If I am not detaining your Lordships too long, I should like to add a few words about the scheme for 10,000 producers. First of all with regard to the design of the producers, it is, of course, much too late now to alter the design, but I do feel some sympathy, as no doubt many of your Lordships do, with the views and criticisms of the Government design which the noble Duke has expressed to-day and on former occasions. Your Lordships may, perhaps, take the view that the difference between one producer and another is a matter of opinion, just as one man will prefer an Austin and another a Morris, but it is not really quite the same thing. No one has yet evolved a really satisfactory producer; you have only to ask even the most enthusiastic omnibus driver to learn that. No doubt it is in course of development, but I think that the Government have been inclined to be rather arbitrary in fixing their design, if I may say so very respectfully. They have clung to their original design too long, and they have only recently begun to make sufficient use of the great experience which exists among the private firms in this country. One firm has been mentioned, but it is not the only one. I speak without full knowledge, but I believe that that criticism is a fair one, I think it is true to say that the Government were optimistic in choosing their first design. They have now brought out a second design, and it remains to be seen how these producers will work when they come on the road.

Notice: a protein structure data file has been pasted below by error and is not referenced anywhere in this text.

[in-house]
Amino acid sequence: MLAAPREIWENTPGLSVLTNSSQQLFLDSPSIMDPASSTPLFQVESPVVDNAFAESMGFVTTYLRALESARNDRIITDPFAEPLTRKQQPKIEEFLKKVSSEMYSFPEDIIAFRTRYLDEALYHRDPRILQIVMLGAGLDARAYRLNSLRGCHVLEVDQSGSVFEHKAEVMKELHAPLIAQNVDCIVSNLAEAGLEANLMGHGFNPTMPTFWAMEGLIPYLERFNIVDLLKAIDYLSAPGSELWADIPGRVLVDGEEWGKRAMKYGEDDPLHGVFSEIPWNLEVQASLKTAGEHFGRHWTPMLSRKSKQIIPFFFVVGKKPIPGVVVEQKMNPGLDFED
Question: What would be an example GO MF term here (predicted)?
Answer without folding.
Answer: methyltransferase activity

With regard to the operating side, it was absolutely necessary for the success even of this relatively small experiment that there should be a sufficient and nation-wide organization behind any scheme brought forward. The education of operators and drivers, the provision of materials for maintenance and the provision of fuel had all to be attended to. If I may say so, I think that the Government proposals on these points are very practical, and I have no complaint to make on this score. Full use has been made of the big motor firms and their agents, and suitable sheet metal works have been chosen. The built-in producer, in my opinion very wisely, has been preferred for goods vehicles to the trailer. There is only one omission, and that is in regard to oil vehicles; and I understand that this is being studied. Although this is still to a great extent only a paper scheme and an experiment, I think that on the side of organization the difficulties have been well anticipated, and, although I have made some criticism in regard to design, your Lordships will want to wish all those connected with the scheme the very best of luck, because I am certain that they will need it.


My Lords, before the noble Lord replies, fresh as he is and sunburnt as a result of his important Mission in North-West Africa, I should like to ask one or two questions which perhaps he will be good enough to answer. First of all I should like to congratulate him on the very agreeable chief whom he has obtained for the department dealing with mobile gas-producers, Sir Alfred Faulkner, with whom I have been in contact in regard to these matters. He was good enough to give me some information, but he stated that the noble Lord in his reply to-day would be giving information on the main points regarding which we have been in correspondence. There is one point about which the noble Lord may be able to inform your Lordships. I understand that anthracite is to be the primary fuel used with these 10,000 units, but that an experimental quantity of high-temperature coke—not low-temperature coke—will be available also. I should like to ask whether that coke fuel is to be activated or not.